And you can't shift the blame on different level of eduction. By inflating the cost of everything and with salaries stuck in neutral the Fed created this huge wealth disparity in America making debt slavery the only option for most middle class and lower working class Americans. These people are slowly waking up and realizing what has been done to them. They still believe in American Dream and want to know what happened? Some of them work two and three jobs just to cover monthly bills today.

Lenin is said to have declared that the best way to destroy the capitalist system was to debauch the currency. By a continuing process of inflation, governments can confiscate, secretly and unobserved, an important part of the wealth of their citizens. By this method they not only confiscate, but they confiscate arbitrarily, and, while the process impoverishes many, it actually enriches some. The sight of this arbitrary rearrangement of riches strikes not only at security but [also] at confidence in the equity of the existing distribution of wealth.

Good Luck!
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Old 05-03-2022, 04:37 PM
 
1,022 posts, read 742,716 times
Reputation: 1914
Quote:
Originally Posted by EDS_ View Post
For like the 10th time. I'm not a banker. I'm on a bank board.........two different things.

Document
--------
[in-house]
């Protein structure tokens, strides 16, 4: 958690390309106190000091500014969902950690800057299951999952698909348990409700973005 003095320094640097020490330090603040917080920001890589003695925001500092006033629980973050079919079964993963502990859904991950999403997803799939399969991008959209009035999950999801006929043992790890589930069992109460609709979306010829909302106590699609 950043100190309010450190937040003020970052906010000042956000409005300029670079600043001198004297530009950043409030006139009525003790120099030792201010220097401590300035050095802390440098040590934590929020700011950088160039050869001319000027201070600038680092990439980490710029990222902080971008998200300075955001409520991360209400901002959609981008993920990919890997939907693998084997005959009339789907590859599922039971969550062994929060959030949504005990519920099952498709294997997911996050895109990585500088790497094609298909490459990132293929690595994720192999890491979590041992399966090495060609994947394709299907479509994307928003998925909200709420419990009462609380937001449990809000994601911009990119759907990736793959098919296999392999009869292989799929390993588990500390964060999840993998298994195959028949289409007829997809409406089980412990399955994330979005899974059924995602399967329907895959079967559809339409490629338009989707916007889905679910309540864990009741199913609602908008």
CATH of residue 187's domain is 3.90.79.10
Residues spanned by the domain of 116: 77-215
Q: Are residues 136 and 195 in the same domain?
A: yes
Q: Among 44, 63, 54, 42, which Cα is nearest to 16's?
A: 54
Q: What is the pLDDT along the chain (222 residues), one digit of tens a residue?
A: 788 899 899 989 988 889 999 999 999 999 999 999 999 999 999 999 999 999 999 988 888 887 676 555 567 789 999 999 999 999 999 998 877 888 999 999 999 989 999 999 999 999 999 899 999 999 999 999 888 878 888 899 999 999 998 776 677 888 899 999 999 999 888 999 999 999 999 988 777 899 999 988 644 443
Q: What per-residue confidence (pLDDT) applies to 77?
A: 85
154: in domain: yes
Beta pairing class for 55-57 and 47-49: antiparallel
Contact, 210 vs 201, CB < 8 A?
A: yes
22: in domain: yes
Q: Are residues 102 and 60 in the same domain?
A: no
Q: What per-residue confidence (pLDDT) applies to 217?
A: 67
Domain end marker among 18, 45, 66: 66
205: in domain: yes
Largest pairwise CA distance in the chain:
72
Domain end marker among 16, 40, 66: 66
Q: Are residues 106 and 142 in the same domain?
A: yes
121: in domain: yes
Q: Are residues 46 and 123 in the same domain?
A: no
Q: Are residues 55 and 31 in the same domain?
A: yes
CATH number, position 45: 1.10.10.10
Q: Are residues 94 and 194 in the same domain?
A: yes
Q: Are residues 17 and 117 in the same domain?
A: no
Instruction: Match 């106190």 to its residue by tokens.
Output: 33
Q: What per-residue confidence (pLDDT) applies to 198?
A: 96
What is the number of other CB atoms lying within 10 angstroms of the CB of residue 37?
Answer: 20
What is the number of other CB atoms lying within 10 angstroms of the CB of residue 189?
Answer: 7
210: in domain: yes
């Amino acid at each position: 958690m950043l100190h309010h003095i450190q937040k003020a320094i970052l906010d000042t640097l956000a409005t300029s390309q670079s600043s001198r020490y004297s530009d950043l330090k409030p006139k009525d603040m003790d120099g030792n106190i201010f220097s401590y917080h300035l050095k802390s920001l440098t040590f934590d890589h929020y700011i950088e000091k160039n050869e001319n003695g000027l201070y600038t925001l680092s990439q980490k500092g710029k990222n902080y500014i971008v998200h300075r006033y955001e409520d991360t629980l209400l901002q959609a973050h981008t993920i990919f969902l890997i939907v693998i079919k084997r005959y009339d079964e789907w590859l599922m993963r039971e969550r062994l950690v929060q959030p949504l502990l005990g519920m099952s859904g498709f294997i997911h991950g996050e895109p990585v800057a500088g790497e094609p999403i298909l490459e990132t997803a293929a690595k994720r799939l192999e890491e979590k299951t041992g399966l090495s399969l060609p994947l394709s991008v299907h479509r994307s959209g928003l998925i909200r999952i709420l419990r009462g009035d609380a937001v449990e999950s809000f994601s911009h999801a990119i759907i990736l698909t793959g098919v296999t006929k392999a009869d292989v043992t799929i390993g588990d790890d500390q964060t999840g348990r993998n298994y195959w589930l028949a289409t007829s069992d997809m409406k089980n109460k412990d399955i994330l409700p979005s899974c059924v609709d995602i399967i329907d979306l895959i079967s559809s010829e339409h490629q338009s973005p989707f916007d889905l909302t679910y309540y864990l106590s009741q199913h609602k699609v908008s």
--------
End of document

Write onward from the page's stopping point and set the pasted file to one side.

And if I'd opted out to become an amateur herbalist, ski bum, hiker, lye soap maker etc. like the other guy promotes I'd not be on the board. See how that works?


Longer term how's this supposed to work? Hiker guy's little kids see hiker guy opting out. What's likely to happen to them?
Hi ED, I think I understand your thoughts. If correct, you are in the 'if I got more $ I will be happier camp.
Well sure, who doesn't want more $. Just what are you willing to give up for it.

Like a previous poster, there was a time when one income was enough for us to marry, raise children, buy a new car, home and go on vacation, for most of the younger generation that is not going to happen. They need to find happiness another way. Similar to the title of this thread.

So go on that hike. Be a ski bum, herbalist or soap maker if that makes you happy.
or be on a board if that makes you happy.
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Old 05-03-2022, 05:05 PM
 
19,869 posts, read 18,144,412 times
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Quote:
Originally Posted by movedintime View Post
Hi ED, I think I understand your thoughts. If correct, you are in the 'if I got more $ I will be happier camp.
Well sure, who doesn't want more $. Just what are you willing to give up for it.

Like a previous poster, there was a time when one income was enough for us to marry, raise children, buy a new car, home and go on vacation, for most of the younger generation that is not going to happen. They need to find happiness another way. Similar to the title of this thread.

So go on that hike. Be a ski bum, herbalist or soap maker if that makes you happy.
or be on a board if that makes you happy.

For me having some money yields a whole lot of freedom.